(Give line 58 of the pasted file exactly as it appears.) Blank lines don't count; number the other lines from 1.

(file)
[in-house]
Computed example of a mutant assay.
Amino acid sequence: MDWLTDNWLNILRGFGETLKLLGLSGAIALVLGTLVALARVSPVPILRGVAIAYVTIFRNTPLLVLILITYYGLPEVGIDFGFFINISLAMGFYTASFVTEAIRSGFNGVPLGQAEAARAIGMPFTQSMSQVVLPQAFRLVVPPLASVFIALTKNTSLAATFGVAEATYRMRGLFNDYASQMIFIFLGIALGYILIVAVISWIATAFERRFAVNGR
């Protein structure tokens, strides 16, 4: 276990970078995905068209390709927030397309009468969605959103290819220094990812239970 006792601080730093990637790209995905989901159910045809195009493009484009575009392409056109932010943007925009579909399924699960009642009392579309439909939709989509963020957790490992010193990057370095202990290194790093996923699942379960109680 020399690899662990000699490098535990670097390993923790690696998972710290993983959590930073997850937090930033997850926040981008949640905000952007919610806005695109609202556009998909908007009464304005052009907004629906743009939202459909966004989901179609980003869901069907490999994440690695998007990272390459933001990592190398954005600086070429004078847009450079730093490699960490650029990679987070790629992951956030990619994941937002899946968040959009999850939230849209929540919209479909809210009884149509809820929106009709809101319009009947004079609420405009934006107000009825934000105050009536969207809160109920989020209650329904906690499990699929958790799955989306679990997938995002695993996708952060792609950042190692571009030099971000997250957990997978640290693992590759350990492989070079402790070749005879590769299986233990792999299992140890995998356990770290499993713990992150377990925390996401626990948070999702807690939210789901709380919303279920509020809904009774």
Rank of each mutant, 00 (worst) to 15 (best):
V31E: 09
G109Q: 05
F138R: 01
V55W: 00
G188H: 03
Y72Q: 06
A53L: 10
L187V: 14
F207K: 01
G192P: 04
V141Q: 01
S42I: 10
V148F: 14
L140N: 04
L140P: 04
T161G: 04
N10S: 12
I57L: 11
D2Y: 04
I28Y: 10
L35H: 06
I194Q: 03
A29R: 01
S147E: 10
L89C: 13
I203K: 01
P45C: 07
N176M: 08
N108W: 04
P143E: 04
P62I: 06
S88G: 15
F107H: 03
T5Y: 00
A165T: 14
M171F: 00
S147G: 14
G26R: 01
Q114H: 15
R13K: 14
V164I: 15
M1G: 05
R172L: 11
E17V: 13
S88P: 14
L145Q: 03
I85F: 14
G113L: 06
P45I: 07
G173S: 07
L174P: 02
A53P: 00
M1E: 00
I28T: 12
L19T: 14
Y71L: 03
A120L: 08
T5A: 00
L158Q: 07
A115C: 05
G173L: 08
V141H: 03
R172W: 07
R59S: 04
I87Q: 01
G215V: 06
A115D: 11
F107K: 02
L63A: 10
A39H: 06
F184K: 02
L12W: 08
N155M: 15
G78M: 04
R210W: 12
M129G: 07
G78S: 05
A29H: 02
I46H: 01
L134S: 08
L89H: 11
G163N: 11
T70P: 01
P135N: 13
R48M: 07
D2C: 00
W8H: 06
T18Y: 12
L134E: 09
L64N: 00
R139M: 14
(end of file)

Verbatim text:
M1E: 00